I do not see saturated fats as unhealthy altogether, as natural fats are always a better option than processed, manmade fats. It’s important to note that coconut oil is actually a saturated fat and, as many know, it has some amazing health benefits. For someone who lives a relatively healthy life and does not have any medical conditions, I believe saturated fats are okay in moderation. When we are looking at someone with circulatory or heart issues, that’s when we may want to discuss what percentage of their diet is made up of saturated fats.
What are ‘healthy fats’? What’s the best way to incorporate them into your diet?
I give you permission to laugh at me for my following statement: I am passionate about healthy fats! Unsaturated fats are typically thought of as the healthy ones. Docosahexaenoic acid (DHA), a polyunsaturated fat, supports brain development and neurological function, whereas eicosapentaenoic acid (EPA) is important in cardiovascular function. I just love that healthy fats are important across all organ systems. A great way to ensure you are consuming enough healthy fat is to incorporate cold water, fatty fish in your diet. If you’re like me and you don’t like fish, you also have some other options. Walnuts, sunflower seeds, flax, avocados, and olives are all good sources for healthy fats. You can also take a cod liver oil supplement.
Vitamins and minerals play a crucial role in the body. What are the common signs and symptoms of vitamin and mineral deficiencies?
Yes, definitely! It’s important to be aware of common signs of deficiency:
Dry hair, dry eyes, yeast infections, and trouble seeing in the dark are signs you may need more vitamin A. Good sources would be sweet potatoes, eggs, carrots, and sunflower seeds.
Deficiency in vitamin B can be characterized by memory loss, weakness, fatigue, headaches, hair loss, and dizziness. Be sure to increase your intake of leafy green veggies, salmon, whole grains, and avocados to get more vitamin B.
If you have achy joints, shortness of breath or your wounds take a while to heal, you may be low on vitamin C. Berries, citrus fruits, cabbage, parsley, and green peppers can help you increase your intake of vitamin C.
Iodine is important to support a healthy thyroid, a commonly imbalanced gland. Signs of iodine deficiency include weight gain, swollen salivary glands, fatigue, depression, and cold hands and feet. To increase iodine, eat more seeds, saltwater fish, lima beans, kelp, and garlic.
Magnesium is vital across all organ systems, so it’s one we want to pay attention to. Insomnia, poor digestion, irritability, and anxiety can all be signs of low magnesium. If you find you need to increase your intake, make sure to eat dairy, peaches, bananas, leafy greens, and watermelon. Herbs such as alfalfa, chamomile, chickweed are also good sources.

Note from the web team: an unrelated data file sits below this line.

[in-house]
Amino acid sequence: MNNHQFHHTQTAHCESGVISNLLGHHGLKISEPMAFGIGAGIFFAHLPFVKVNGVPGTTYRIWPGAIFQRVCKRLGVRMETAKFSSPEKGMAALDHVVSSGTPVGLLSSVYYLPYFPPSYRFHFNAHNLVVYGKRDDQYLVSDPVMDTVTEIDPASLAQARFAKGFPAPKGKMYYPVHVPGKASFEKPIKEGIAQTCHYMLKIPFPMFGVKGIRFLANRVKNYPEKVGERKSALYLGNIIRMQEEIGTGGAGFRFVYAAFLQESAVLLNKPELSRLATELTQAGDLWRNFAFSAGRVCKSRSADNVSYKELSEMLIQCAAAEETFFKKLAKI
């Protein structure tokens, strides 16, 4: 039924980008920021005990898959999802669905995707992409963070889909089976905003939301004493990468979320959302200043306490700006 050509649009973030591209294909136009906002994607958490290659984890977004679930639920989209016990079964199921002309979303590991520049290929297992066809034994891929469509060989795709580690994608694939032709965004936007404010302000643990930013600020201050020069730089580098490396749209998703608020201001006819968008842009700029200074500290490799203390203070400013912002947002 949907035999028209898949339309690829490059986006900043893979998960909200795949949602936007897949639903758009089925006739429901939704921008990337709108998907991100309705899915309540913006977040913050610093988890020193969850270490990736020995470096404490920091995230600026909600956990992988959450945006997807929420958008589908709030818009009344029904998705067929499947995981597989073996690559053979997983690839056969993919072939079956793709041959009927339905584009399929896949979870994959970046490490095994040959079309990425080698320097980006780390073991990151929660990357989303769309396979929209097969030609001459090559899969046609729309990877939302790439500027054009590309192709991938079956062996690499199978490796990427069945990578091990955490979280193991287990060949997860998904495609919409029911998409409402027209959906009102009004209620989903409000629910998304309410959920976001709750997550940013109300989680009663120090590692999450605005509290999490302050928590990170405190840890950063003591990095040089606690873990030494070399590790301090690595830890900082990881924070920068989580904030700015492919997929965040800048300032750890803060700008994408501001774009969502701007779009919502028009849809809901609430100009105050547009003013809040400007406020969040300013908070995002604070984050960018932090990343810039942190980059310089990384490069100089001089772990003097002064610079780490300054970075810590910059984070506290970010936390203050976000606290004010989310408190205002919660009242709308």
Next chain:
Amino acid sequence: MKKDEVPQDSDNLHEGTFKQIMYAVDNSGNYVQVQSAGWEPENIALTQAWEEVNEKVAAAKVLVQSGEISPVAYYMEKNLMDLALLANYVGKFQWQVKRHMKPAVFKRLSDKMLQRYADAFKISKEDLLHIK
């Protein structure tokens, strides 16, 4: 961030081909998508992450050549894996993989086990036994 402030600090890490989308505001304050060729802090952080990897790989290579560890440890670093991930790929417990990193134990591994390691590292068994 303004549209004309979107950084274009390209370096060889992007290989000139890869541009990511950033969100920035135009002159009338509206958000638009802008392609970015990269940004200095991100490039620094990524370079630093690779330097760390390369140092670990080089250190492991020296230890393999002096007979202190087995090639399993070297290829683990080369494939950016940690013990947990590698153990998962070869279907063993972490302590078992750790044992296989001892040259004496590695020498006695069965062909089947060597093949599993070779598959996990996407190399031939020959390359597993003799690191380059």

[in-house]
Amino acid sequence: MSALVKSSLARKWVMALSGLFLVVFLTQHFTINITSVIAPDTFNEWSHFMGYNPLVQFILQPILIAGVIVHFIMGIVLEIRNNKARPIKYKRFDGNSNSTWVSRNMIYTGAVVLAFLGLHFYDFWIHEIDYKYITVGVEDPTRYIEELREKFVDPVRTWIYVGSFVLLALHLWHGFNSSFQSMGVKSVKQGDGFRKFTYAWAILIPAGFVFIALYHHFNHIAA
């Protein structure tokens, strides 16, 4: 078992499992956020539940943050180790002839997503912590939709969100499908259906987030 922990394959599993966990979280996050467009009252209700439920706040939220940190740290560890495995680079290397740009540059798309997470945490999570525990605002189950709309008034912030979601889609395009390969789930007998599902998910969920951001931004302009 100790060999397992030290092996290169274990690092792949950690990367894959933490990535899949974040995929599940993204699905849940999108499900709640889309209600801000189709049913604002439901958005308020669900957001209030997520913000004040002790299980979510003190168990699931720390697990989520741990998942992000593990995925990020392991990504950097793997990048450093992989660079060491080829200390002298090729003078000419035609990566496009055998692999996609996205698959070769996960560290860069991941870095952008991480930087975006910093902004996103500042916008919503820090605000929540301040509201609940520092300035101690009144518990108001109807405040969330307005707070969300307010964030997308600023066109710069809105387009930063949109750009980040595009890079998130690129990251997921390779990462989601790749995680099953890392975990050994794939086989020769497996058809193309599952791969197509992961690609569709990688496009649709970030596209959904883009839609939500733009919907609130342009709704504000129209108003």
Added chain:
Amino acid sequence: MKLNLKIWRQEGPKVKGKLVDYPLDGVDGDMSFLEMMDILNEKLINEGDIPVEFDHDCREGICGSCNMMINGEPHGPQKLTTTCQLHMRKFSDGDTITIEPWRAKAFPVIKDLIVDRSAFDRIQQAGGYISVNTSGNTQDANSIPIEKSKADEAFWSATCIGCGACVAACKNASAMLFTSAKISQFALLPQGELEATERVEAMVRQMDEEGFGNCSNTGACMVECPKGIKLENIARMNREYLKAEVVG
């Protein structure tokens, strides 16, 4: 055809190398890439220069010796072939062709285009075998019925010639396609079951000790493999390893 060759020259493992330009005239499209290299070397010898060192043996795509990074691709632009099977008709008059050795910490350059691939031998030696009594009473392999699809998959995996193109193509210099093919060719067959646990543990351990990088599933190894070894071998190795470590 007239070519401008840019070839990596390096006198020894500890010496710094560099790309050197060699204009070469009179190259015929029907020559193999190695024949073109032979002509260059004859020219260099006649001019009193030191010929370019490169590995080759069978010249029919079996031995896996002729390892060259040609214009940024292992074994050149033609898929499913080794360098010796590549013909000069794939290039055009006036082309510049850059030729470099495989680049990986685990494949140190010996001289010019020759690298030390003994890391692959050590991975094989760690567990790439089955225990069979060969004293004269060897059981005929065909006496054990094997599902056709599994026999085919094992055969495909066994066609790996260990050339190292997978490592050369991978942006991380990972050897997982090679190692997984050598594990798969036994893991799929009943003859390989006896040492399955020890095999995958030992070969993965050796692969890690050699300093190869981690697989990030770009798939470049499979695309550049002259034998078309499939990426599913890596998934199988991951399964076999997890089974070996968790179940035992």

Iron is an essential mineral that can be toxic in larger doses. How much iron does an average adult need per day? What are the best sources of dietary iron?
Iron is actually one of the top mineral deficiencies worldwide. The Recommended Dietary Allowance (RDA) is 8mg for men and 18 mg for women per day. It increases to 27mg for a woman if she is pregnant, as her body needs to make extra blood. Eggs, liver, lean meat, and whole grains are the best sources of dietary iron.
Can supplements make up for a poor diet?
Although I am a supporter of herbal supplements, I believe firmly that they cannot make up for a poor diet. I also believe that exercise cannot make up for a poor diet. Although it may be able to prevent weight gain from a poor diet, the internal, biological effects cannot be out-exercised. Ultimately, eating for health is key, and there are no quick fixes.
Finally, if you could give the readers a piece of advice regarding health and nutrition, what would it be?
My advice would be to take your plan one step at a time. For example, if you are working to become a vegan for health purposes, don’t cut out meat, cheese, and butter all at once. If you want to decrease your sugar intake, don’t cut out all sweets.
One. Step. At. A. Time. This patience will help you stick with your plan and be consistent in the pursuit of your health goals. Instead of beating yourself up for the steps you have yet to take, be proud of yourself for the steps you have already taken.
And, that’s a wrap! Thank you very much, Louanne for being a part of ‘Health Talk’. This was so much fun. Wish you the best of luck in all your future endeavors.